Rail to refuge is a joint initiative between rail companies and Women’s Aid
Train companies are extending free train travel for survivors of domestic abuse until the end of March next year. The move comes as figures show that, on average, four survivors a day have been using the scheme and reports show that abuse has worsened during coronavirus restrictions.
Charities are bracing themselves for a surge in people fleeing abusive relationships when restrictions are lifted. The extension will help hundreds more people to take the train, for free, to reach a safe refuge.
Rail to refuge is a joint initiative between rail companies and Women’s Aid in which train operators cover the cost of train tickets for women, men and children travelling to refuge accommodation.
Since April, train operators have provided free tickets to 836 people, including 210 children. In other words, four survivors have travelled to safety each day on average using the Rail to refuge scheme.
Nicki Norman, acting chief executive of Women’s Aid, said:
“Women face huge barriers in leaving an abuser. Not only is it an extremely dangerous time, but many survivors have experienced years of economic abuse, which restricts their practical ability to escape.
“Women tell us that they simply cannot afford to leave because the perpetrator has controlled their money and they have none of their own. Many women and children escape to a refuge with nothing at all.
“Thanks to the rail industry removing the financial barriers of travel, hundreds of women have left abusive relationships and been able to access safety. It is welcome news that this important initiative is being extended, especially as the COVID 19 pandemic continues to severely impact survivors of domestic abuse.”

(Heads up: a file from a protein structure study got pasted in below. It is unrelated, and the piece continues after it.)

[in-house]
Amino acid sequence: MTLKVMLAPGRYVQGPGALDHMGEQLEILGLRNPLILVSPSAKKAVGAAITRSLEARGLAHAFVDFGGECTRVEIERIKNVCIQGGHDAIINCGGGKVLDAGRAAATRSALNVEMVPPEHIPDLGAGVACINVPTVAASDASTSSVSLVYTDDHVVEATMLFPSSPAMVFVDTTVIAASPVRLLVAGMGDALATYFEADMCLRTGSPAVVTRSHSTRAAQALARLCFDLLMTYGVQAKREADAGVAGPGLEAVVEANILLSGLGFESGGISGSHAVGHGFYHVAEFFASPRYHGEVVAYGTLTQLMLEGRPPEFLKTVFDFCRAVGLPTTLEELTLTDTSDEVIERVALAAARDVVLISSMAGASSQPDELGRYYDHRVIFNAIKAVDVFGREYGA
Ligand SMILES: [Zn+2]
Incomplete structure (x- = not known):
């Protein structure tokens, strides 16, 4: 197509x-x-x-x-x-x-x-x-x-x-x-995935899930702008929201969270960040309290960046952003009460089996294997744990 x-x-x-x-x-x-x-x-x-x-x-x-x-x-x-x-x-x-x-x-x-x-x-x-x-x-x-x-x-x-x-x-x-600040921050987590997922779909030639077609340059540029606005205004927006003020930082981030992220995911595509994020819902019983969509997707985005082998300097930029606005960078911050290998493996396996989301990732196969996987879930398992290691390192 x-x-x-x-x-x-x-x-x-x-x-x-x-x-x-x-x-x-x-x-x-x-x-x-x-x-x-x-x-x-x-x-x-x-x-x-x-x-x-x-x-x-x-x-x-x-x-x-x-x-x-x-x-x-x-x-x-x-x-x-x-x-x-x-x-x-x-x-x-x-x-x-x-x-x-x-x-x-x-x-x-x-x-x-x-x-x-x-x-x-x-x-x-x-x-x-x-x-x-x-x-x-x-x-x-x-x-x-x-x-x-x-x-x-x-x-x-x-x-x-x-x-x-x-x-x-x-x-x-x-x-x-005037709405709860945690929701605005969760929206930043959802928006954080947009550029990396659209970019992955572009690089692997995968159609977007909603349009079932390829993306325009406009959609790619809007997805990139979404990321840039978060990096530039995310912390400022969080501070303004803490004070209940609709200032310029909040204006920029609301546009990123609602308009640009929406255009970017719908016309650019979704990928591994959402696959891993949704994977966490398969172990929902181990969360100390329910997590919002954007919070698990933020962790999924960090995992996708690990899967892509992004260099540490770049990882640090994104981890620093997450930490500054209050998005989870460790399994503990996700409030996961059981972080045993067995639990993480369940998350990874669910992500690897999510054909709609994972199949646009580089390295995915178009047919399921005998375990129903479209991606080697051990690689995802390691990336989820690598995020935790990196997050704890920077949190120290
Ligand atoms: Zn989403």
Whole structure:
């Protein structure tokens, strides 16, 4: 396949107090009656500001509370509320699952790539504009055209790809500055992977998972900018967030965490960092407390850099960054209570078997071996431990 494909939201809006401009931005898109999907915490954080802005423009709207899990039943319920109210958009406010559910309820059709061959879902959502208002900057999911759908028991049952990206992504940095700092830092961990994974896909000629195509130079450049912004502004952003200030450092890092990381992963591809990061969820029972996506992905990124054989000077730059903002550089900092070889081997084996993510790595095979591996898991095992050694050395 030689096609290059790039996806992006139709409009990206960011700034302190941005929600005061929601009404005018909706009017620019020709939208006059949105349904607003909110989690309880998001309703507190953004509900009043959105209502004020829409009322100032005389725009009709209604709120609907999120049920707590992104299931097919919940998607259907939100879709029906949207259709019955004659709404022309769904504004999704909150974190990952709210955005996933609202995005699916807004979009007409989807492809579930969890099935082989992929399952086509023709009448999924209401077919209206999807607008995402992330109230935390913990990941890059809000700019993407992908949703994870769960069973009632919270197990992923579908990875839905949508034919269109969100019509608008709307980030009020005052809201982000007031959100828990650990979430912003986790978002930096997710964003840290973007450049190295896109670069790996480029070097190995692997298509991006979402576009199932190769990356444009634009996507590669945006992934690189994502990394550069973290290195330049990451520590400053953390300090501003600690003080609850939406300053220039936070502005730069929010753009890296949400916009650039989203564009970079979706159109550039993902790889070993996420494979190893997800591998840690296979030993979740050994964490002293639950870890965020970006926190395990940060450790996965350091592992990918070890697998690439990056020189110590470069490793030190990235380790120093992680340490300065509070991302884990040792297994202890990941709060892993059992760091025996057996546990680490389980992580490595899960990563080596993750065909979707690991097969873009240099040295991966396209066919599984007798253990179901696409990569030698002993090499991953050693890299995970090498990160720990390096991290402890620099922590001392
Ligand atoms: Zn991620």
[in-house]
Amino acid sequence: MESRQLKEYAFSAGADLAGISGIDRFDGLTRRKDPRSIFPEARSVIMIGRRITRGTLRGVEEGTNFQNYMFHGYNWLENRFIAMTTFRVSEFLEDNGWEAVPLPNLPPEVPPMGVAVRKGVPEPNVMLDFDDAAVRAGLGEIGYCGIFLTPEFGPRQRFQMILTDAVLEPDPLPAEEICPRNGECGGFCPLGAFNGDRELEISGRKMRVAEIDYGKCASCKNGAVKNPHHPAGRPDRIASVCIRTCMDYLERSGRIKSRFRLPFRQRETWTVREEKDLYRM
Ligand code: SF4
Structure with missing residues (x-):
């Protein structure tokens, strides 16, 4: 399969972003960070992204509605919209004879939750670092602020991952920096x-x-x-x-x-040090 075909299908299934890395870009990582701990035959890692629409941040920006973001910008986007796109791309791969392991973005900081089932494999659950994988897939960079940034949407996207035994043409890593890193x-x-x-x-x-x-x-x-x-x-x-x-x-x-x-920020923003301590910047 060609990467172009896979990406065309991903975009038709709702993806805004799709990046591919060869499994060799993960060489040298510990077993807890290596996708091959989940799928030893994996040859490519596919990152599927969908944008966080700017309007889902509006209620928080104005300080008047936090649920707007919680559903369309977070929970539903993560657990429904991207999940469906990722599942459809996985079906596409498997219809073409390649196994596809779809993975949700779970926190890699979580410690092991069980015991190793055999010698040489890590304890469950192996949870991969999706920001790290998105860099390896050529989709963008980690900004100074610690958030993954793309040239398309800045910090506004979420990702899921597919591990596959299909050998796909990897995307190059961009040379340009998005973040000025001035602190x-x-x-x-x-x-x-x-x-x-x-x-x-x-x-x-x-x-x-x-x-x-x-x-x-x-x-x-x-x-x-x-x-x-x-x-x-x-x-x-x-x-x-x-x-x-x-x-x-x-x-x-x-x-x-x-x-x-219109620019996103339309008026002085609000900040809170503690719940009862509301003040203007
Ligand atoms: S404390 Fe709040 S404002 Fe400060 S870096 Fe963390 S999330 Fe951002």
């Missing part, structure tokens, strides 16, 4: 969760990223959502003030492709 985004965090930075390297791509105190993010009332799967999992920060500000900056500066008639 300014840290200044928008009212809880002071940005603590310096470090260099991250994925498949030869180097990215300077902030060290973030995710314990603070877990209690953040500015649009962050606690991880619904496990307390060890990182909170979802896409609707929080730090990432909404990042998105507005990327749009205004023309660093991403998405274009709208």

First introduced by Southeastern in September 2019 and then GWR on its routes in March 2020, all train operators joined the Rail to refuge scheme on 9 April.
The number of survivors of domestic abuse asking for help has soared during the pandemic. Women’s Aid reported a 41% increase in users visiting its instant messaging Live Chat site within the first two weeks of lockdown in March.
As a result of this it extended its opening hours to 10am – 4pm daily. Respect, which runs the Men’s Advice Line, has increased service hours from 46 to 75 hours weekly to support male victims, after seeing a huge increase in demand since March.
Refuges expect to see the increase in demand across their services continue in the coming months as domestic abuse is worsening and abusers are using the pandemic as a tool for abuse. A recent Women’s Aid survey shows 61% of survivors living with their abuser reported that abuse worsened from March – June 2020, under tighter coronavirus restrictions.
Many survivors have experienced years of economic abuse, which restricts their practical ability to escape. Free travel can be a lifeline for people fleeing abuse who may not have access to cash. Two-thirds (63%) of people that booked a journey through Rail to refuge said they would not have travelled if the journey had not been paid for.
Govia Thameslink Railway’s chief operating officer, Steve White, said:
“With the numbers of survivors of domestic abuse soaring during the pandemic, charities are expecting a surge in people trying to escape to a refuge when lockdown restrictions relax.
“Abusers frequently withhold money, which is why the free train travel we offer as an industry is so vitally important for the hundreds of victims making use of this scheme.”
Survivors of domestic abuse who would like to access the scheme, or need other support, can get in touch with Women’s Aid through its Live Chat service, open Monday – Friday, 10:00am – 4:00pm, Saturday and Sunday 10:00am – 12:00pm.
If you would like to contribute to help survivors access the lifesaving support they need and help them reach refuge, please make a donation today.